I think I understand all central banking operations but still I have a difference in opinion.

The implicit assumption in the monetary operations described by the Chartalists is that foreigners cannot redeem their balances.

1:30 PM  
Blogger Ohm (Ώ) said...

"Instead, it is devaluing its currency to help its exporters. So atoms, desperately needed at home, will be rearranged by sweat, which could be spent at home, and then sent abroad, in exchange for numbers in a spreadsheet.

Exports are real costs. Imports are real benefits."

Lot of truth in this, as it is also true that exports are needed to pay for imports without going into debt. So it's really an optimization issue. Having said that, if you have a big war chest of forex reserves, when else are you going to use it if not at a time of crisis, when you need to import for cheap to recover from devastation? From that angle, today Japan does need to look at valuing it's currency upwards rather than downwards. Perhaps it wld not want to lose price competitiveness of it's exports completely by revaluing up too much, still revaluing up shld be the basic, at least short term, direction. Even from a long term perspective, it is overdue for nations to realize - that, in the long run, balanced trade is sustainable trade, and beyond building reserves worth a year or so of imports, running a perpetual a trade surplus means you are sacrificing internal consumption and living standards for accumulating hard currency, which too is paper in the ultimate absolute.

3:10 PM  
Blogger Ohm (Ώ) said...

Read: "as it is also true that exports are needed to pay for imports without going into debt....and/or using Foreign Portfolio Investment Inflows, which can prove rather fickle, and cause mayhem if-when they reverse"

3:29 PM  
Blogger Neil Wilson said...

"The implicit assumption in the monetary operations described by the Chartalists is that foreigners cannot redeem their balances"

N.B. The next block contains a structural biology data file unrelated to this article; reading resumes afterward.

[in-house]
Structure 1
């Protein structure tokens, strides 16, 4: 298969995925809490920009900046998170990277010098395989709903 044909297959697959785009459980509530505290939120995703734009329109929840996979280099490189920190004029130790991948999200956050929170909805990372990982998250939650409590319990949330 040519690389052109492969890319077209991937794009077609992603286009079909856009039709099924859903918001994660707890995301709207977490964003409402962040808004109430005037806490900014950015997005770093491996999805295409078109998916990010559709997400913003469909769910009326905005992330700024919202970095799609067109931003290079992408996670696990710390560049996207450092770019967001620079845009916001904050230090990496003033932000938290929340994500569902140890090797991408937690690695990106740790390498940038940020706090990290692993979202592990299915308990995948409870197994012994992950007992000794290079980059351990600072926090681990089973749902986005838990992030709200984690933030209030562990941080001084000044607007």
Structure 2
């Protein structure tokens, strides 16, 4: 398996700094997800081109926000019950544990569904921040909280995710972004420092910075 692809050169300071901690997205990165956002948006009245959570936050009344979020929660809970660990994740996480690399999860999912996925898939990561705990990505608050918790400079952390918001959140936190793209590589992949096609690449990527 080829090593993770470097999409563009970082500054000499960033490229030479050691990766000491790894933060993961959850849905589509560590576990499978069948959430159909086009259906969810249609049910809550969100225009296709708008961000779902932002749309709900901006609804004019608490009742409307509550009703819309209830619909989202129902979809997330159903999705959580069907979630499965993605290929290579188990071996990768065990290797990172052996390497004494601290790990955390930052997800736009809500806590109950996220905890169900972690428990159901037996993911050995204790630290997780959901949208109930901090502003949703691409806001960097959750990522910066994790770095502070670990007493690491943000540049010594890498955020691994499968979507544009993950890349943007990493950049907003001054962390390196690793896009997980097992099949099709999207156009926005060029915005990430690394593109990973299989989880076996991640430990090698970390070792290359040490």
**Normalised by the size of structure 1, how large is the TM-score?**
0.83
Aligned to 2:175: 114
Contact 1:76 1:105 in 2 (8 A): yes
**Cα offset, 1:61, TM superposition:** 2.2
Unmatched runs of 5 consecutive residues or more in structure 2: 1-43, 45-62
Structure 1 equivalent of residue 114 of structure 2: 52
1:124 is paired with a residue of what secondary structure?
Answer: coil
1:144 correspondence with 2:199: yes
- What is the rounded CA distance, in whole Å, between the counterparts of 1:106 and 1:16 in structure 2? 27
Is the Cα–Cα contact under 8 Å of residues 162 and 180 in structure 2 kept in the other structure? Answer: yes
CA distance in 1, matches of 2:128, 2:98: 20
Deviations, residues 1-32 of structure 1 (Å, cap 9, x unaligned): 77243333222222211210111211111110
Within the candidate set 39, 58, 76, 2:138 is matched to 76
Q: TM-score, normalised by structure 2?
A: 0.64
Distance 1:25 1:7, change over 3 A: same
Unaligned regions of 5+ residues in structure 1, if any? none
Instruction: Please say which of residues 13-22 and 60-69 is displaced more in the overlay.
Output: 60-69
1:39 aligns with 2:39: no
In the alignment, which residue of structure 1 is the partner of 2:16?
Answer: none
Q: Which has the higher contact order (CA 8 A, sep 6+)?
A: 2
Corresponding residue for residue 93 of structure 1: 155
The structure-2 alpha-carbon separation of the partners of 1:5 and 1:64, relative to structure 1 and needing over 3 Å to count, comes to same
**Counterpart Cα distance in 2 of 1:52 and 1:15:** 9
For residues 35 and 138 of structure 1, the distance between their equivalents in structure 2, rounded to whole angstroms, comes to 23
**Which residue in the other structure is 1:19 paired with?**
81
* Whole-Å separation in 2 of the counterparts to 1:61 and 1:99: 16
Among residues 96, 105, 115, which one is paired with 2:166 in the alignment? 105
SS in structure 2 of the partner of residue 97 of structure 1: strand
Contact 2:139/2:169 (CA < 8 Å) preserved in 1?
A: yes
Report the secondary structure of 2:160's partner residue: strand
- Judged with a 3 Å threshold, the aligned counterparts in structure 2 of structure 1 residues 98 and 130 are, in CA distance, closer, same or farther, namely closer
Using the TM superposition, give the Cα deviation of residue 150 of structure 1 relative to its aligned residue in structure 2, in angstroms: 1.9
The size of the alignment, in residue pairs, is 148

No its not. The implicit assumption is that they will not be allowed to hold the home country to ransom based on pieces of paper - because that would be clearly an act of war.

I'm afraid your assertions fall into the 'what if pens got hot' category of arguments.

12:19 AM  
Blogger Neil Wilson said...

"Suppose that a country decided to renege on its IMF obligations -- what then?"

They wouldn't do it explicitly, it would implicitly by increasing friction somewhere in the system. Increasing bureaucracy, tariffs, some sort of matched goods exchange controls and a myriad of other little tricks that would bend the rules as far as they would go.

In the current political climate you could pretty much do what you like monetarily to China and imply they brought it on themselves by refusing to free float their currency.

1:10 AM  
Blogger Ramanan said...

Neil,

"I'm afraid your assertions fall into the 'what if pens got hot' category of arguments."

Billy Blog:

"Ultimately, the holder of the USD can only realise these holdings by buying goods and services (or assets) denominated in US dollars."

Which is clearly incorrect.

Need I say more ?

I am afraid, there is just so much confusion around in this circle and it is not surprising that Economics is a hard subject.

Yet to know of a country whose State is bigger than the currency markets and which has reached full employment without troubles in the external sector!

Moral refuge seems to be the only way of arguing out of the situation.

6:18 AM  
Blogger Ramanan said...

"The implicit assumption is that they will not be allowed to hold the home country to ransom based on pieces of paper - because that would be clearly an act of war."

Btw, that seems like saying "Hell with you creditors. If you come knocking on my doors, that will be immoral and hence I do what I want".

6:34 AM  
Blogger Neil Wilson said...

"Which is clearly incorrect."

No it isn't. Your last line of action to enforce your debt is to move in with force and extract real things. That's how all unpaid debts are ultimately settled in all societies - who has the bigger stick.

If I refuse to pay you and refuse to recognise your courts and rules what other option do you have?